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August 25, 2011

I never took SIP, Softphones and Voice over IP seriously before

by Darren W Baker

When I think of Voice Over IP (VOIP), I remember my friends a few years ago connecting a Vonage like service to their home Internet and trying to call me. We would talk for 15 minutes or so, and I could hear every other word. If they were trying to download something, retrieve email or browse webpages,  I might not even get that.

The VOIP  technology was invented in 1996 and in 2004 the first consumer products started to hit the market as internet broadband services became more widely adopted. At the time they were mostly toys, providing limited use, provided you had sufficient bandwidth using a cable modem or DSL. A lot has changed since then and now companies offer hosted services that you can lease time on, essentially outsourcing your entire phone system to an Internet service provider.

There are three types Voice Over IP available; IP Phones, Software VoIP and Mobile and Integrated VoIP. Use of IP Phones has become the most established in business and it seems the use of software VoIP has increased during the economic down turn from 2008 as people are looking for ways to cut costs.

I experimented with this a little bit in Indianapolis before I moved to Seattle, using our internet service provider and VOIP to replace my home phone in the house. I was able to plug in a real phone and make calls just like I could with the original phone company but I didn’t do much more with it.

As it turns out, I was missing a key benefit.  With software phones or “softphones”, you can connect the phone number and make calls with your PC or Windows 7 tablet.  Perfect for the highly mobile employee, or just someone who works from home.  You don’t have to give them a desk and a phone, just a SIP account and some software.

My colleagues at Microsoft are already doing this with new version of Office Communication Server , now called LYNC. When I visit the Microsoft offices, I see people walking the halls, sitting in conference rooms or common areas talking to their computers on wired or wireless headsets. Once you see it in action, it’s really amazing. You can call someone and actually reach them anywhere, since their desk phone goes with them where ever they have a WiFi connection.

Sure, you can call their cell phone too, but cell phone air time is not cheap.  I travel internationally for business and my cell phone is so prohibitively expensive I try not to use it at all when abroad. Now when I travel I can forward my cell phone to my softphone number when I have internet access and answer calls with no roaming or international charges.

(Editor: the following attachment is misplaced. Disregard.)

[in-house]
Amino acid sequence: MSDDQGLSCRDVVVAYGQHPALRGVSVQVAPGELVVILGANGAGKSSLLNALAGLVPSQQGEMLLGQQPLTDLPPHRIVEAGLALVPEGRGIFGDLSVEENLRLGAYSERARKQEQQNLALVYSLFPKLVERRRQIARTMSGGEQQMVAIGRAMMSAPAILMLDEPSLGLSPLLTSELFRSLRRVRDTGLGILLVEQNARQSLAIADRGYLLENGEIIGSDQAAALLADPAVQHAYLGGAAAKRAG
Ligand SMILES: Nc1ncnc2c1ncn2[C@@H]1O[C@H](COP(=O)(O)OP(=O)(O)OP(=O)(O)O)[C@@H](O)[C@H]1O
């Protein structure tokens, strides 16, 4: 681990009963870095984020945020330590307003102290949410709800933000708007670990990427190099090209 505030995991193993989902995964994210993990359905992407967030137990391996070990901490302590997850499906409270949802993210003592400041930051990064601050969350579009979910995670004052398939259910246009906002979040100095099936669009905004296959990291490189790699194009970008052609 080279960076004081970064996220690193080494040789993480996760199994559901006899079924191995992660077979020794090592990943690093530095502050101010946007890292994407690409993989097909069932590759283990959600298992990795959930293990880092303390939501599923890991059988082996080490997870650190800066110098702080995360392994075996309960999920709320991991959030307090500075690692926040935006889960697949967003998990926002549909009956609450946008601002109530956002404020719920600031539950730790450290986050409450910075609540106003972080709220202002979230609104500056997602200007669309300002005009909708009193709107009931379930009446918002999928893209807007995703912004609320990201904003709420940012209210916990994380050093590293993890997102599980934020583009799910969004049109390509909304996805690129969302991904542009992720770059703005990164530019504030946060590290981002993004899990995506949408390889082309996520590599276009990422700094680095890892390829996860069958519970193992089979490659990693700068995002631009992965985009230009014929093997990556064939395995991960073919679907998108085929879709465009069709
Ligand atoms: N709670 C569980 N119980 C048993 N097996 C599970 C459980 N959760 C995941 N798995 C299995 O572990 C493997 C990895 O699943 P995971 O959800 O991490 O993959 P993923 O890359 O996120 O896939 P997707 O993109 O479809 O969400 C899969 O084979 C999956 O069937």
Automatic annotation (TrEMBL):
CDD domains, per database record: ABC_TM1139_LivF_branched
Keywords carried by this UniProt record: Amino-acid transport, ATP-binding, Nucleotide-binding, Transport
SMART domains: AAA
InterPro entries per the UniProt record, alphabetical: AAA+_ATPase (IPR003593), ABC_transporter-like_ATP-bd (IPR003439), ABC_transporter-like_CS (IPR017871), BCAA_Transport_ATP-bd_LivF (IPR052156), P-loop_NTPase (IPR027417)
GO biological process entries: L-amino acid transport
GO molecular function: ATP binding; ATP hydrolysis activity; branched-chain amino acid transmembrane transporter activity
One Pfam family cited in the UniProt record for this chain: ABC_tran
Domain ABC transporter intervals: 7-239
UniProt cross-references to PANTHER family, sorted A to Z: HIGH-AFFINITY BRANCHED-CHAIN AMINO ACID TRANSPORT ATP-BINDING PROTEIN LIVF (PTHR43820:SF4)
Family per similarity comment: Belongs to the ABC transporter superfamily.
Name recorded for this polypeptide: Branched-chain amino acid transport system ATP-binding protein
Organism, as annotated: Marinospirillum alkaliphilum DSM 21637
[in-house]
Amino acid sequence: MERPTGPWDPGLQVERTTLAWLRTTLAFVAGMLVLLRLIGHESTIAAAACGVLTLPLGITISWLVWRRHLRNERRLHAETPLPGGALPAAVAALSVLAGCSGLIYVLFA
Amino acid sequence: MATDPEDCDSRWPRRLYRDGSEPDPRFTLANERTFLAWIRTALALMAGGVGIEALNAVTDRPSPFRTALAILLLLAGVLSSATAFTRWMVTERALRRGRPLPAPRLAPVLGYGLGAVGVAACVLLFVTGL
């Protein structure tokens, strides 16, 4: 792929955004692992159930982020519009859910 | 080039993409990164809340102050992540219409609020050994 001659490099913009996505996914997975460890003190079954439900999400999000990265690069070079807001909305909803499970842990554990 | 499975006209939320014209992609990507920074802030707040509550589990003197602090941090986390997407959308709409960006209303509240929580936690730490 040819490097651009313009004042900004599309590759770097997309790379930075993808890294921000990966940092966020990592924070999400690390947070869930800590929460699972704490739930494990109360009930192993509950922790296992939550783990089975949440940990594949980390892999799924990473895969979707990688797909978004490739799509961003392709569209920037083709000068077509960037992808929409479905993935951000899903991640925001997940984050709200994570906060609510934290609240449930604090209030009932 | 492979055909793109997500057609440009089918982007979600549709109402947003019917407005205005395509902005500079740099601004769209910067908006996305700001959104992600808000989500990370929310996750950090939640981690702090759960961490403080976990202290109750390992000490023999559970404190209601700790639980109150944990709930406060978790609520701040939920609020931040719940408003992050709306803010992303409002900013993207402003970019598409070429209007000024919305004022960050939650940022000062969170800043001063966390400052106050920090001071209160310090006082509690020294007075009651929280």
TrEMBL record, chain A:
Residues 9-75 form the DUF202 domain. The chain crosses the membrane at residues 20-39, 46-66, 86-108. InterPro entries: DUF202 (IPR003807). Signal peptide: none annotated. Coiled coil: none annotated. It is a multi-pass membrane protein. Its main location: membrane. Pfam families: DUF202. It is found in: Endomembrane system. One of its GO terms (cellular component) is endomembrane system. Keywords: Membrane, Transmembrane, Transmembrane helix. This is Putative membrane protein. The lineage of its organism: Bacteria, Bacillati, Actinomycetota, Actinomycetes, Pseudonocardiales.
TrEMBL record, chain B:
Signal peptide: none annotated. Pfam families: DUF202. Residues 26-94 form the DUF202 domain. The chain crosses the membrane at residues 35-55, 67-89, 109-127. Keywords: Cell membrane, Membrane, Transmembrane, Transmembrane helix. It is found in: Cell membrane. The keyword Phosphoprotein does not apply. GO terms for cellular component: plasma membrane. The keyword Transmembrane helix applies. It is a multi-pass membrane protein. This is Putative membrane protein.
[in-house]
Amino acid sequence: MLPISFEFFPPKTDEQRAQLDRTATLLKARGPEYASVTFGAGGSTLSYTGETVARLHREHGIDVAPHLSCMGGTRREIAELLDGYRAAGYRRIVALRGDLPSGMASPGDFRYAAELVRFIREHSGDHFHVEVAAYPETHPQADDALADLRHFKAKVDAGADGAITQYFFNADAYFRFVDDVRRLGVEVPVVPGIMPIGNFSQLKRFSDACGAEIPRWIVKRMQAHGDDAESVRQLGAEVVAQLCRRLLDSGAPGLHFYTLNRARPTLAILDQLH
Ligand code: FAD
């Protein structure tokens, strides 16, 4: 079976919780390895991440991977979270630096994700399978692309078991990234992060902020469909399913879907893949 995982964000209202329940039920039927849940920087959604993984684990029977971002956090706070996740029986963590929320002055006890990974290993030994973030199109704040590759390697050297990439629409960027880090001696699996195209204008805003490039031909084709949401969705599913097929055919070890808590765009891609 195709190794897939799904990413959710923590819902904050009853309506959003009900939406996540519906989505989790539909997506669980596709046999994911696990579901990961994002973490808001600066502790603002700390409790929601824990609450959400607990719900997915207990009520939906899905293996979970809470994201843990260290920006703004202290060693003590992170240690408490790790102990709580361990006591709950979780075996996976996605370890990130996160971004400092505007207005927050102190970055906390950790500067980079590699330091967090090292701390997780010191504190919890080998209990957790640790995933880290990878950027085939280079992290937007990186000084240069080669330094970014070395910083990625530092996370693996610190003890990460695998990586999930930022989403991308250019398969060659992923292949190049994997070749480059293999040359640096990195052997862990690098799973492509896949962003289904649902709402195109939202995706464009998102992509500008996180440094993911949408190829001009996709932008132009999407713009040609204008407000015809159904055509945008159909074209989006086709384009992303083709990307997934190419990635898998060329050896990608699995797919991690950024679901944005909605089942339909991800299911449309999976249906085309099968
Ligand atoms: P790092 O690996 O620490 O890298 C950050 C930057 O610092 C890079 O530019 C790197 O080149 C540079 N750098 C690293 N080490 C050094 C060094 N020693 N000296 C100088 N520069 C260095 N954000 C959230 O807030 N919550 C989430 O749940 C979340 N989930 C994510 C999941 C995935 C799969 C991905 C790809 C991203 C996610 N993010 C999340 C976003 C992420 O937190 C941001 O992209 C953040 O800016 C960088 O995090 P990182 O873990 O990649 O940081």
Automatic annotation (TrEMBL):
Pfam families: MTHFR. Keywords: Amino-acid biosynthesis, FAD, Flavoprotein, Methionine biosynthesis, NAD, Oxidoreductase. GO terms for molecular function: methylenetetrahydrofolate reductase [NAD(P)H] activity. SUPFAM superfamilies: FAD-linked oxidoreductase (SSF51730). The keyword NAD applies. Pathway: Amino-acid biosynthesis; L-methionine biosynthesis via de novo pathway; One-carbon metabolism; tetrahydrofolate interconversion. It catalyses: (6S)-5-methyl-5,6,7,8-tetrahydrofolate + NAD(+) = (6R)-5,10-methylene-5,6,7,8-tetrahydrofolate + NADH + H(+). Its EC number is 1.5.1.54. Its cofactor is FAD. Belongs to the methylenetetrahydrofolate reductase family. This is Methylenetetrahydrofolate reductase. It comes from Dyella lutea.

There are additional benefits too, like presence. With presence you see if someone is available for a quick question that doesn’t require a voice call. If needed, you can turn a simple chat session into a voice conversation easily and add people to the call without complicated phone codes or commands.  You can also dial them from your Active Directory or Exchange address book without entering the actual number yourself.

Lync integrates with many phone systems and services. Alternatively there are many software phones available today free and paid that offer a few of the similar features. Wikipedia has a list of SIP software that works with different vendors SIP solutions if your company isn’t using Lync and you want to experiment.

Softphone, who knew it had grown up so fast? It is just the sort of application that you would need on any mobile device, tablet or slate.

This does pose some interesting questions. Do the traditional phone service providers worry about WiFi and SIP based phone eroding their market or are they switching over to offer the same services? I ask because a friend of mine called me from his cellphone and it was displayed as an incoming SIP call complete with email address. Does this reliance on technology make us incapable of remembering phone numbers anymore? Does it matter that we cant remember your phone number, since you change service providers every 6 to 12 months when a new device comes out?

What I really want to know is; when are these SIP Software phone providers going to release a version for Windows Phone 7? That would make me really happy.

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